Arthrodesis of the right carpus, and other amazing tails

Her favorite chair

Originally uploaded by bad9brad

Lucy had surgery last Monday to help correct her “leg posture” so she would not continue to roll and slap the foot down which creates an ulcer on the bottom of the foot. The ulcer grew larger and consumed part of the large pad on the foot, and because she still cannot feel the bottom of the foot it only gets worse with every passing day. Once an infection set in we had to make a decision about how to move forward with her medical care: surgery or amputation.

Operation Expensive Dog is comprised of at least two steps:

1. Arthrodesis surgery (competed). This surgery fuses the bones of the ankle into a more upright posture, with a little bit of “pigeon toe” thrown in, to prevent the rolling and slapping of the foot when Lucy walks. There’s a titanium plate screwed to the bones to hold the leg in the correct posture and facilitate the fusion. Healing time is approximately six to eight weeks.

2. Skin graft. About two weeks after the first surgery is deemed successful, Lucy will go back for tissue grafting. The surgeon will take cartilage from the ancillary pads on each front leg (the pads that don’t touch the ground) and graft the tissue into the area where the large pad has worn away. Hopefully it will only take one surgery but if the ulcer has not healed enough there may be a second graft required.

Lucy will have an “altered gait” for the rest of her life, but she already had a funky gait anyway because of the way her leg moved. I’ve been told she will be able to run and jump and do all the things normal dogs do, but we’ll have to always take extra care of the foot since she won’t ever regrow the nerve endings that allow her to feel what’s under foot. Lucy definitely will wear her hiking booties when we’re out in the wilderness, and that’s okay with me.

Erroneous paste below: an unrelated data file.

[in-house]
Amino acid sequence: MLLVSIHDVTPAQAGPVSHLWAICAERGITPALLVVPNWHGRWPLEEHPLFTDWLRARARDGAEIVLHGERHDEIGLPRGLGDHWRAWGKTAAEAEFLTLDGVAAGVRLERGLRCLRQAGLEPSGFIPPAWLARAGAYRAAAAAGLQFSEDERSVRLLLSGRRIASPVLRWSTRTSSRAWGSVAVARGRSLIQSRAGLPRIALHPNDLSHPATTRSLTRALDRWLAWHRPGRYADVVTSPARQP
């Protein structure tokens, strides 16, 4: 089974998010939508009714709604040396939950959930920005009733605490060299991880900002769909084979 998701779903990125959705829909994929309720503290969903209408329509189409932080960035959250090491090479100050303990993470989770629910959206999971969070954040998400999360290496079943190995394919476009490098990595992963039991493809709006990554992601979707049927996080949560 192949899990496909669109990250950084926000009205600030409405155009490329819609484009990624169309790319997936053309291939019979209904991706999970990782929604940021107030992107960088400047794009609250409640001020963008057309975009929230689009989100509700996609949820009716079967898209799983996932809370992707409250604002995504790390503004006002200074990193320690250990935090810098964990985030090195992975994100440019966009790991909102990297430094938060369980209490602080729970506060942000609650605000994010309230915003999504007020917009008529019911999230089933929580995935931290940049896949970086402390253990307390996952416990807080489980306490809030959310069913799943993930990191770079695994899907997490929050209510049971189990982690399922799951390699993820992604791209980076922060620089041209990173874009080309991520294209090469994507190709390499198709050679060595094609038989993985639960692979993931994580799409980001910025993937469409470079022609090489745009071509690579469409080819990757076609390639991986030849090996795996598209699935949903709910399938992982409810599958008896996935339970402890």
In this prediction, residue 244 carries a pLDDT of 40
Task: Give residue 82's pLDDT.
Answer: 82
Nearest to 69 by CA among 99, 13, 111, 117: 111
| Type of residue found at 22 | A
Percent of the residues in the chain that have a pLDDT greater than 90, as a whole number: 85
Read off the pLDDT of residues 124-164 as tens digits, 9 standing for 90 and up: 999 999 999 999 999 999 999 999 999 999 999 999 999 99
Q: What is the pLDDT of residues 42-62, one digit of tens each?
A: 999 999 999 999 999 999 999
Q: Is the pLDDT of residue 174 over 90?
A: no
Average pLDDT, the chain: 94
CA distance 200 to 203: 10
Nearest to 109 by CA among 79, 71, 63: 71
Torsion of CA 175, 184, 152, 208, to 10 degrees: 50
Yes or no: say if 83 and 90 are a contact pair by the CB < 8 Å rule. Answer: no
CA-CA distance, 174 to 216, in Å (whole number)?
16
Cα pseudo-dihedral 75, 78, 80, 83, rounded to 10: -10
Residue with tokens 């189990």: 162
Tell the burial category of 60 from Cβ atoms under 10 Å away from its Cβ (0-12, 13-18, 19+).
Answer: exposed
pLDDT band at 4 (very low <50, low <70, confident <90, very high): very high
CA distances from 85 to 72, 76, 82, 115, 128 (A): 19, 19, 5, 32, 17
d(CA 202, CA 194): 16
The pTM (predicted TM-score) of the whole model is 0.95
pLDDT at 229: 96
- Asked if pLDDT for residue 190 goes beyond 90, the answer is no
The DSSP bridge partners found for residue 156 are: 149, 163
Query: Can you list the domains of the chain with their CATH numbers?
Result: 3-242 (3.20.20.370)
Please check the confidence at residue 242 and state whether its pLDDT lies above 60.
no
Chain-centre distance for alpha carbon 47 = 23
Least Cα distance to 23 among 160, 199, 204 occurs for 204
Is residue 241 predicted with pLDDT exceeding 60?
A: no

The difficult thing about all this medical work (beyond the incredibly high costs) is that she needs to be “quiet” for the next three or four months. Try telling an 18-month-old Labrador Retriever mix to be quiet! We’ve already had some issue with her jumping on and off furniture and the bed, all of which is forbidden by the doctors. She could displace the plate or cause the bones to not properly fuse together, and I’m really not ready for the alternative.

Lucy has been in good spirits today and even has her appetite back. She wants to play! now! Oooh, look a squirrel! I’ve stacked objects on her favorite chairs and ottoman to keep her from perching on them to look out the windows, and closed the bedroom door to keep her off of the bed, but she still finds ways to get into trouble. Clearly this is going to be more difficult for me than for her.

Fabi is staying with Mike and Antoinette and Emily until tomorrow, but when she returns I know I will have to watch them both like a hawk to keep them from playing and wrestling in their normal fashion. Perhaps I can call our vet and see if she will prescribe some sedatives for both of them.

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